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Coping with injury in powerlifting : stress-injury model perspective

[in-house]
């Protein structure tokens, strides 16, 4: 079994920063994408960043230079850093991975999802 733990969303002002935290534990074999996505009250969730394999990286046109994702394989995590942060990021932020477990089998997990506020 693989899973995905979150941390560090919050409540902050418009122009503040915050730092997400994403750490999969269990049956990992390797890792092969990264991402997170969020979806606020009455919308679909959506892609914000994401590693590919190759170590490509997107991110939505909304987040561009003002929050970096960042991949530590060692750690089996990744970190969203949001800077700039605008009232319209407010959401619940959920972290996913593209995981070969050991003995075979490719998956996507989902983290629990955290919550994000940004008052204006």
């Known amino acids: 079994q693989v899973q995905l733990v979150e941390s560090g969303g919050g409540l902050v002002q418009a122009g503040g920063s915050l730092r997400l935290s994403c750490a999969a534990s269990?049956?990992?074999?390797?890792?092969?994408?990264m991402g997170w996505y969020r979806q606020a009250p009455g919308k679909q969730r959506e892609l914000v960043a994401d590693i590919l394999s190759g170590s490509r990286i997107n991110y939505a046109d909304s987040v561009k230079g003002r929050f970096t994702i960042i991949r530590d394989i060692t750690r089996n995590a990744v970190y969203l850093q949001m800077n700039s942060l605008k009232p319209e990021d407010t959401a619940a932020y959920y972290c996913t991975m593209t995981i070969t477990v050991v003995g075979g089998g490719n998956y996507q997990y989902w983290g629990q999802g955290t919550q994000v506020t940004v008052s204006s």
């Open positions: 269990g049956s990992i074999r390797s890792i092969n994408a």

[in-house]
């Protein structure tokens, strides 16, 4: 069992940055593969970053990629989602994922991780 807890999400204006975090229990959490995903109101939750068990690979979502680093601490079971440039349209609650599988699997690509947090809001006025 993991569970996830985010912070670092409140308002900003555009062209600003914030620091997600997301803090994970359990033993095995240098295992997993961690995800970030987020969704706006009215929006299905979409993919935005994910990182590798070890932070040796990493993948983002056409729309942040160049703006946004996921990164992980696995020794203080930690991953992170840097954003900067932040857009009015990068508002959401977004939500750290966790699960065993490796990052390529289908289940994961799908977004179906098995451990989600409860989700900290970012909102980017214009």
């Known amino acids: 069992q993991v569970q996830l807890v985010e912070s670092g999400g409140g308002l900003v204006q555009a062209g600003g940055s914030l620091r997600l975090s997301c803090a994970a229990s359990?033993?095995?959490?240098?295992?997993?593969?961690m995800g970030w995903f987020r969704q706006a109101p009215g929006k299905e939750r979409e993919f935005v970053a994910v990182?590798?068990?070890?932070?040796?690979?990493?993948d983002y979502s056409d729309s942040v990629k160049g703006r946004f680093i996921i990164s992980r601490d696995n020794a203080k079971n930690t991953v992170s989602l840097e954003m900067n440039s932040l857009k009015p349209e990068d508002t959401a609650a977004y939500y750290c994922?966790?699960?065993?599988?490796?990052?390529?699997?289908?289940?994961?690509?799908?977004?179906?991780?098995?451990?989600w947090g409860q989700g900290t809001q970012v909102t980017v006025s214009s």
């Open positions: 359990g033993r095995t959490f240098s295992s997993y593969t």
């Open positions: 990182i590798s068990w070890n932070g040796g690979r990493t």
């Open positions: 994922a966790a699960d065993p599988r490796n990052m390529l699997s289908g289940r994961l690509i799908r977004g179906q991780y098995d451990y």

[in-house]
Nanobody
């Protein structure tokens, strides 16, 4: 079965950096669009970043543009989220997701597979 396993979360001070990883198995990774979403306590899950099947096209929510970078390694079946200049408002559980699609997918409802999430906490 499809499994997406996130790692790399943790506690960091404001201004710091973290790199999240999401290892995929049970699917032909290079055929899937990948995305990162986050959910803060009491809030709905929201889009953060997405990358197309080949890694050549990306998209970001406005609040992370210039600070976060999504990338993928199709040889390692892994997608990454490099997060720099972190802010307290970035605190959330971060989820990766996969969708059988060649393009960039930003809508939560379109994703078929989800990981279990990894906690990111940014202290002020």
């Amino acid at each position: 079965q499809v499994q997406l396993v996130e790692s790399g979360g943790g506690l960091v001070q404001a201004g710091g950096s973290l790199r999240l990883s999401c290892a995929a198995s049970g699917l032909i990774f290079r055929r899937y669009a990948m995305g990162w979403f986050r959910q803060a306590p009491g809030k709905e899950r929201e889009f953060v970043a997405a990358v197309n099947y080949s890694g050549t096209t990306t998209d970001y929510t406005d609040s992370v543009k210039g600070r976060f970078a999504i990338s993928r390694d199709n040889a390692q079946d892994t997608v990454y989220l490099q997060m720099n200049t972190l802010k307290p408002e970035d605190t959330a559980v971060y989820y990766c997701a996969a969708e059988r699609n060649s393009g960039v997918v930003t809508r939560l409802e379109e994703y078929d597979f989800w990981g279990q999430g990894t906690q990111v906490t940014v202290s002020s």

A need to evaluate psychological antecedents to injury in strength-based sports is evident. Powerlifting especially has seen a rise in participation rates (International Paralympic Committee; Powerlifting Australia Ltd.; British Weight Lifting), also resulting in an increase in weightlifting-related injuries (Metzger et al., 2012). While much literature exists on mental stressors and coping mechanisms athletes encounter in the sport context, minimal research has attempted to understand how athletes involved in strength sports cope with stress and injury. The nature of strength sports overall differs from contact, speed-based, or even aesthetics-based sports. These essential differences are hypothesized to bring about specific stressors, thereby different coping styles in competitive powerlifting. The purpose of this thesis was to examine competition and life stressors, experiences related to injury, and coping mechanisms in competitive powerlifters. This study used a cross-sectional, narrative design rooted in Williams and Andersen’s (1998) stress-injury model as the primary theoretical lens. Participants were eight (n=8) male competitive powerlifters from various national backgrounds, aged 18-28 years with past physical injury in need of rehabilitation. Data were collected through semi-structured interviews, which included questions about athletes’ past injury(-ies), stressors experienced in powerlifting, and coping with stress and injury. Deductive content analysis revealed that powerlifters experienced stressors such as weight cutting, the “post-training blues” phenomenon, overthinking, and feelings of anxiety and worry about reaching their goals. Common daily hassles including school- or work-related events were reported as sources of stress in their personal lives. Lower back injury requiring physical therapy was the most common type of injury experienced. Avoidance coping styles were utilised in injury contexts compared with other stress contexts. Means of coping with injury included training around their injured muscle groups and seeking information about their injuries. Coping with stress results include planning and establishing a routine, and adopting an “it’s outside of my control” mindset. Overall, powerlifters appeared to be at risk to similar psychological predictors to injury incidence as other athlete groups are, although they experienced several stressors and engaged in coping mechanisms unique to powerlifting. Implications for clinicians and future research are detailed. ...
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